The Analogue Pocket has always marketed itself as a way of preserving handheld game history. When it launched last fall, it was described as a way to “celebrate and explore the history of games with the respect it deserves.” The console provides a retro gaming experience on a sleek device at about $200, without using emulation and on an LCD screen. Out of the box, the console is compatible with Game Boy, Game Gear, and Atari Lynx games, and can play select others using adapters. However, something users have been asking for since launch is a “jailbreak” for the system—in this case, the ability for users to access and edit the operating system, as well as the ability to play ROM files and games from currently unsupported systems.
This weekend, some of those wishes were granted. On Saturday, Analogue released OS v1.1, which allows developers to tweak the FGPA cores that make up the system, and therefore to simulate other consoles the Pocket doesn’t yet support. The update also adds “Library” and “Memory” features that work as digital game records and save states.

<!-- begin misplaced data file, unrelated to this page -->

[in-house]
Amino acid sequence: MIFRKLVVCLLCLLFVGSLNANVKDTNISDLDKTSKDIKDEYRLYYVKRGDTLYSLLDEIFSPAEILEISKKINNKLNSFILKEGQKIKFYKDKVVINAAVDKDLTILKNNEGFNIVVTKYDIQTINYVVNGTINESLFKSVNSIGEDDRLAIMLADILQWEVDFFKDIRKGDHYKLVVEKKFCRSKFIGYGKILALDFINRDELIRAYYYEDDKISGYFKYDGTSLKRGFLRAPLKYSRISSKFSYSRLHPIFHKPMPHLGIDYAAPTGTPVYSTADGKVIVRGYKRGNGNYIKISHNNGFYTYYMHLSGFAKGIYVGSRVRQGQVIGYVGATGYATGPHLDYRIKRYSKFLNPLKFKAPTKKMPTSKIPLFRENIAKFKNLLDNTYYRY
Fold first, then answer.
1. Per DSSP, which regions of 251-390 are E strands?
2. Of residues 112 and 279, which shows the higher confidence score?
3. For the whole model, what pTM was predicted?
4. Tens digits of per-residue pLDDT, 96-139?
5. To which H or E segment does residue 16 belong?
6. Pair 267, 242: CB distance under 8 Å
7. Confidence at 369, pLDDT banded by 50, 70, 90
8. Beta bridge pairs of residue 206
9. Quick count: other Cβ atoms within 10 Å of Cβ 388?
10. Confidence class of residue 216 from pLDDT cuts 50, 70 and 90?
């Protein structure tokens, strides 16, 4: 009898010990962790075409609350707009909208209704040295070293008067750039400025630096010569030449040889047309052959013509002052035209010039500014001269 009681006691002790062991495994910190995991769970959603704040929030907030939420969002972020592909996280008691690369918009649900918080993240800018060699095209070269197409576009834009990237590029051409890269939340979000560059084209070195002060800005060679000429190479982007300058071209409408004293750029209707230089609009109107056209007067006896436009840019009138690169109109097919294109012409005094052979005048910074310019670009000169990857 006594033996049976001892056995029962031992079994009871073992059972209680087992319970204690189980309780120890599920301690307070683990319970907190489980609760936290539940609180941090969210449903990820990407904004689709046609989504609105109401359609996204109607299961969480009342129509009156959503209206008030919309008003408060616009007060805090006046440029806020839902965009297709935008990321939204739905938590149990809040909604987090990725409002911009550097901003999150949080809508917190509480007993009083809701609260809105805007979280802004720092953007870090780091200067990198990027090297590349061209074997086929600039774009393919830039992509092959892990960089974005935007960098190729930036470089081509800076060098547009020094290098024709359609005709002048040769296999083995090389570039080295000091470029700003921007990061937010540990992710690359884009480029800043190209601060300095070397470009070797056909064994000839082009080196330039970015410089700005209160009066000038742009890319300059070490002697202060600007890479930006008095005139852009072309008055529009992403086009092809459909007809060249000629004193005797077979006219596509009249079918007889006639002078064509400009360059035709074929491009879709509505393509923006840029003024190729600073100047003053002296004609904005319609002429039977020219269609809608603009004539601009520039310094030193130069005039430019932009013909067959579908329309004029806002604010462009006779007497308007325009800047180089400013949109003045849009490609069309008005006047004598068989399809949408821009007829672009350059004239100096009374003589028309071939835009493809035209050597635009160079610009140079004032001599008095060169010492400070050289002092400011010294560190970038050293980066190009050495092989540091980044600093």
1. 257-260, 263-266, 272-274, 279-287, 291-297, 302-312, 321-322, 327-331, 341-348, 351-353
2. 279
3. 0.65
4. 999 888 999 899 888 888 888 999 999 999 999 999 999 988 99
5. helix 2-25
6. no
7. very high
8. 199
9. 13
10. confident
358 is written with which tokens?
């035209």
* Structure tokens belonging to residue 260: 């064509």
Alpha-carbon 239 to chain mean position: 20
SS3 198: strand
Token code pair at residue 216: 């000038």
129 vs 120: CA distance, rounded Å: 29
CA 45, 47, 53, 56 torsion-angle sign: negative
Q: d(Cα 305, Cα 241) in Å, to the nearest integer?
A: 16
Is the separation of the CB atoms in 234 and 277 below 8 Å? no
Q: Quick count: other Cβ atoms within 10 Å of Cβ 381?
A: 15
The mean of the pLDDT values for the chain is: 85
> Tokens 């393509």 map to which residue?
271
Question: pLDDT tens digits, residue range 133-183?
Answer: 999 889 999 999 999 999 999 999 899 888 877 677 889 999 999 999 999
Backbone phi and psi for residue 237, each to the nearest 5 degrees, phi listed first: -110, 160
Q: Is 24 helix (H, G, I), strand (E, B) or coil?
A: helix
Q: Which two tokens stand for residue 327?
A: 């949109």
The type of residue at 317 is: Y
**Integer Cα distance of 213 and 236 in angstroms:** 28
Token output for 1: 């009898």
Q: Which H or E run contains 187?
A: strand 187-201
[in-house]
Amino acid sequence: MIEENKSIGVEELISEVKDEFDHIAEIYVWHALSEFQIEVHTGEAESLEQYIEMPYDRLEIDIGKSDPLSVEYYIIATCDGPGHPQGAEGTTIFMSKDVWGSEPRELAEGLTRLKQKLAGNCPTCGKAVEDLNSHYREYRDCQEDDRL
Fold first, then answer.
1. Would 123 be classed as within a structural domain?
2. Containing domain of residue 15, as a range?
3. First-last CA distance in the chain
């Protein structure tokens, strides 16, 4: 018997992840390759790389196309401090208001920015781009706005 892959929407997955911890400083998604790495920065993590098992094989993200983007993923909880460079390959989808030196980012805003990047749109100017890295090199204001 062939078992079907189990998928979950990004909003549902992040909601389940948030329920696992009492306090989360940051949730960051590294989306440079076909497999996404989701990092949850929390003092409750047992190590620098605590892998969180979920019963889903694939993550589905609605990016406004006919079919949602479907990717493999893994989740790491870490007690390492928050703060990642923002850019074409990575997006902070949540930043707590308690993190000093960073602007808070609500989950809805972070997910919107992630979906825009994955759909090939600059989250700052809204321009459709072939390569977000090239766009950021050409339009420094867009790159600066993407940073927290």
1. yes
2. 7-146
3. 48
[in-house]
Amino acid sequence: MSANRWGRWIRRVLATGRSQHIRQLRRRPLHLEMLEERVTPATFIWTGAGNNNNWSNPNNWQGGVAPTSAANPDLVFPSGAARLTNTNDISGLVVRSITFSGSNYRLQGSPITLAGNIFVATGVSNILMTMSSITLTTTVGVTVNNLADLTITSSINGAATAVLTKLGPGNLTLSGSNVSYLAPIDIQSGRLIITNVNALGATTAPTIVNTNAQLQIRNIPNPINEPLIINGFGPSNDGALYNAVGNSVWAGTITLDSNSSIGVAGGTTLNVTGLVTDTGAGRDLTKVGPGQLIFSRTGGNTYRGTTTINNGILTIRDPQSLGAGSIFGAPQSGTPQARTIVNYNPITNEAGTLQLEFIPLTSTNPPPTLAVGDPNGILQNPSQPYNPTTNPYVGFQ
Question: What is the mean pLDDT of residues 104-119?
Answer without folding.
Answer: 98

To show off this new update, Analogue released an FGPA core simulating Spacewar!, one of the first videogames, which was made in 1962. Spacewar! is a battle between two spaceships which was developed at MIT to test the PDP-1 minicomputer. The game is multiplayer in order to preserve the computer’s processing power, and although it was never sold commercially, it became popular in the programming community and went on to inspire the Atari games Space War and Asteroids . The Pocket’s core is the first time Spacewar! has run on a system other than the PDP-1 and been commercially available.
Later in the day on Saturday, a GitHub user reportedly uploaded two repositories allowing Pocket users to play Game Boy and Game Boy Advance games on the Pocket. Taking advantage of the v1.1 update, these repositories (which are not officially supported by Analogue) allow users to load games from ROM files stored on an SD card, meaning that they address two of the console’s issues: limited support for older consoles, and inability to use ROM files.
While the greater freedom from both the official release and the FGPA repositories has been celebrated by some users, it’s worth remembering that using the Pocket still usually requires physical game cartridges that are over 20 years old. Between this and the accessories that make them usable, the device can easily get much more expensive. Balancing luxury with preservation, even after these updates, seems more complicated than it appeared at first.